How safe is it to ride an elevator during the pandemic?

  • Academic study investigated risk of exposure to Covid-19 virus in elevators
  • Elevators have significant air exchange by design with ventilation openings required by code
  • Findings conclude that air circulation within elevator is key, placing elevator rides on lower end of exposure risk activities scale
  • Exposure risk reduces by 50% when all passengers properly wear masks, and by an additional 20%-30% with NPBI air purification

by Brianna Crandall — February 26, 2021 — Otis Worldwide Corporation, a global provider of elevator and escalator manufacturing, installation and service, recently released the results of a three-month academic study that investigates how elevator airflow affects potential exposure to the SARS-CoV-2 coronavirus that causes Covid-19, and provides a science-based approach for how to mitigate that exposure in elevators.

The Elevator Airflow Study findings show the significant amount of air exchange present in most elevators combined with simple mitigation strategies — including all riders properly wearing a surgical-style mask (covering the nose and mouth) and the installation of a common type of air purification system called needle point bipolar ionization (NPBI) — puts an elevator ride on the lower end of the exposure spectrum.

Woman wearing a mask - Otis elevator safety study

Exposure risk is reduced by 50% when all passengers properly wear masks. Graphic courtesy Otis

The study concludes that a short elevator ride represents a relatively low risk of exposure compared to several everyday activities — less than outdoor dining and comparable to a trip to the supermarket — when simple mitigation is in place.

With science continuing to point to respiratory droplets and aerosols as a principal means of transmission, the study focused on airflow and the impact of ventilation rates and types, purification technologies (specifically needlepoint bipolar ionization) and the proper use of masks.

The study was led by Dr. Qingyan (Yan) Chen, the James G. Dwyer Professor of Mechanical Engineering at Purdue, who is widely recognized for his research into the spread of infectious disease through indoor air systems — and how to prevent it. Dr. Chen uses sophisticated computational fluid dynamic (CFD) modeling in his research, which has focused on indoor environments, aircraft cabins and building design and analysis. Author of three books and over 470 journal and conference papers, Chen previously served as principal director of the Federal Aviation Administration’s (FAA) Center of Excellence for Airliner Cabin Environment Research.

Otis elevator safety graphic

Graphic courtesy Otis

Dr. Chen and team looked at likely exposure to the virus, which can be quantified by the frequency, duration and intensity of exposure. The duration of a typical elevator ride is short — usually less than a minute. Multiple scenarios of two-minute elevator rides were modeled to assess relative risk.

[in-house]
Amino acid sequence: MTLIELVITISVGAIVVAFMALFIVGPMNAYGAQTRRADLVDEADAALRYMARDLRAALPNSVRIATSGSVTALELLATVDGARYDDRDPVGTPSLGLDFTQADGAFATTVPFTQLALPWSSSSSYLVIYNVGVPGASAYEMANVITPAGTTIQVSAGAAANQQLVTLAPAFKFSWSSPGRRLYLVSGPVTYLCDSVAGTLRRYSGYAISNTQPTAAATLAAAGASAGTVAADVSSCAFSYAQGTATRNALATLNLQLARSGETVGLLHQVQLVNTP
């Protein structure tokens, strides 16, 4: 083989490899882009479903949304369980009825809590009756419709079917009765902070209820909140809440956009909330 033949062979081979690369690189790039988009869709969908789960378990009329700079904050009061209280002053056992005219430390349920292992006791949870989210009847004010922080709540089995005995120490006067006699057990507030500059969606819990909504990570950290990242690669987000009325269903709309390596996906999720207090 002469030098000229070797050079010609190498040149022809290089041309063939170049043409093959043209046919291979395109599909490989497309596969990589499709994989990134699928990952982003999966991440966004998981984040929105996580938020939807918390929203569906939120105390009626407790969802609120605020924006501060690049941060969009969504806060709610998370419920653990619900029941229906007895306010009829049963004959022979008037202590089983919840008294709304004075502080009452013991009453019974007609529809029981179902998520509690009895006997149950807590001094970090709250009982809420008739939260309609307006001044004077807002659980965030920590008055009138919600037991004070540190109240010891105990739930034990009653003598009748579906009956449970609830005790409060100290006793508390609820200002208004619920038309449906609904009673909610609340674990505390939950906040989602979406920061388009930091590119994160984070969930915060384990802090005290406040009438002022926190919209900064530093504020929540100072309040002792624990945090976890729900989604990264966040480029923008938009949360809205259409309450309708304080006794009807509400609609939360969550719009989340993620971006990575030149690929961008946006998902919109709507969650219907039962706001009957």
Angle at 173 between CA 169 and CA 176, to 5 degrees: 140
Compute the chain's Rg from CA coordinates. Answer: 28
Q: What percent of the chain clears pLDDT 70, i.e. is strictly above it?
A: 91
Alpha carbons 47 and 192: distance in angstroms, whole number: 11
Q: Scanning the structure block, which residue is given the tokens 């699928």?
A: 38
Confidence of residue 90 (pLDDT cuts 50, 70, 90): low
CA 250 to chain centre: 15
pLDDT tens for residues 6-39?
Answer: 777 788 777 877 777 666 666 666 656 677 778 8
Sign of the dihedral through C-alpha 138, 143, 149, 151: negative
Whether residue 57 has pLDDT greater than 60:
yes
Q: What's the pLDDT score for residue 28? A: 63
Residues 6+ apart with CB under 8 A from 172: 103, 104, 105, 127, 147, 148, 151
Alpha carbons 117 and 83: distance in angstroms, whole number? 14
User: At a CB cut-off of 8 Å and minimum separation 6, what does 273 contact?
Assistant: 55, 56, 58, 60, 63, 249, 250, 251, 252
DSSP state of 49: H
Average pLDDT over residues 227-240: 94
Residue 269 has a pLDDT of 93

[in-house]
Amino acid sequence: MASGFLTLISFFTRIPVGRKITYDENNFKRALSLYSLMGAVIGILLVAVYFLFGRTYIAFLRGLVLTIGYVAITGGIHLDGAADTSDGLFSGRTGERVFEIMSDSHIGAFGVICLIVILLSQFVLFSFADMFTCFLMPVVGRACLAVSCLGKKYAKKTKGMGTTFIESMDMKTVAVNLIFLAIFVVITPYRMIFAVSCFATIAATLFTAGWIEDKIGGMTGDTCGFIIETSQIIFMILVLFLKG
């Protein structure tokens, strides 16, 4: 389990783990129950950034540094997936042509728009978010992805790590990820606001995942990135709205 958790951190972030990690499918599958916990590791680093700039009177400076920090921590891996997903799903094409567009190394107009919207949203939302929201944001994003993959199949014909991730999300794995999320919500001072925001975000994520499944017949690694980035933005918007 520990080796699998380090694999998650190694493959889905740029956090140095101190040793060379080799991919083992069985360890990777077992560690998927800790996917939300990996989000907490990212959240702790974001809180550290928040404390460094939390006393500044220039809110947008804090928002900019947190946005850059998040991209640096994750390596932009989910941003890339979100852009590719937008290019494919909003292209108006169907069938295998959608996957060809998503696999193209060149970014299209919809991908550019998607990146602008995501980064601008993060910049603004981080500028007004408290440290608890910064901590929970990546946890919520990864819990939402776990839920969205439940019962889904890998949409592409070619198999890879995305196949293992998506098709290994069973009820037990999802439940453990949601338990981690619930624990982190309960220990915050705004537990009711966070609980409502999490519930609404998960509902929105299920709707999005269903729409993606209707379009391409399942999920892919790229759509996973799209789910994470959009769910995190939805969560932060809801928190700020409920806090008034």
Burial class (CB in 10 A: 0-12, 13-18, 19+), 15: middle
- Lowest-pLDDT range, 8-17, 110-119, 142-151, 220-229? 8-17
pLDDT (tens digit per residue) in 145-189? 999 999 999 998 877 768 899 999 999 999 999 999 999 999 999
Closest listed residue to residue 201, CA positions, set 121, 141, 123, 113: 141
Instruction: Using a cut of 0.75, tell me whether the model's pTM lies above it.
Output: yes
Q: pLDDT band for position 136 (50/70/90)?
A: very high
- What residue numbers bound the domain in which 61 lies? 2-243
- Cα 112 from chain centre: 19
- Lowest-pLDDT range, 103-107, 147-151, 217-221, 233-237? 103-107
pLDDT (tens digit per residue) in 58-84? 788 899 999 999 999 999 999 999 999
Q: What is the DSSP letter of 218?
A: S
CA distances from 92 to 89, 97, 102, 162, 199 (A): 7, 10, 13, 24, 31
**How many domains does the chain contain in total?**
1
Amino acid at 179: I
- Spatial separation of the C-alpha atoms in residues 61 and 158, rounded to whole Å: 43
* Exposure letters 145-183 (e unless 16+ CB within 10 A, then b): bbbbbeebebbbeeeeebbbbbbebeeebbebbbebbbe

Intensity of exposure is impacted by the level of air exchange or ventilation. Elevators have significant air exchange by design, compared to many other indoor spaces, and are required by code to have openings for ventilation. Many elevators also have fans to increase ventilation.

Dr. Chen explained:

Air exchange is important. Our findings concluded that the higher ventilation in an elevator, relative to the compared activities, results in lower exposure opportunity. If all passengers properly wear masks, the relative exposure risk drops 50%. Air purification, called NPBI, can reduce this by an additional 20-30%. We compared the relative exposure risk of elevators to other common activities in a typical workday, including an hour-long bus ride and eight hours in an office environment. Riding an elevator was a lower exposure risk activity, given the short duration of an elevator ride.

Qualitative comparisons place riding an elevator with all passengers wearing masks in a low exposure risk category, with a relative risk similar to that of shopping in a supermarket.

Robin Fiala, vice president, Marketing and Sales, remarked:

Elevators are an essential part of everyday life for many, often the first leg in your journey and the last on your route home. We know many passengers have questions about exposure risks associated with riding an elevator, and we want to provide answers verified by science. We’re sharing the study results broadly in advance of publication to keep riders well-informed and limit misconceptions.

More details of the Elevator Airflow Study, including a technical whitepaper, are available on the Otis website. The full technical report, authored by the Purdue University research team, is available by request and expected to be published in a peer-reviewed academic journal later this year.

Otis moves 2 billion people a day and maintains more than 2 million customer units worldwide, located in iconic structures as well as residential and commercial buildings and transportation hubs. Headquartered in Connecticut, Otis is 69,000 people strong, including 40,000 field professionals, all committed to meeting the diverse needs of customers and passengers in more than 200 countries and territories.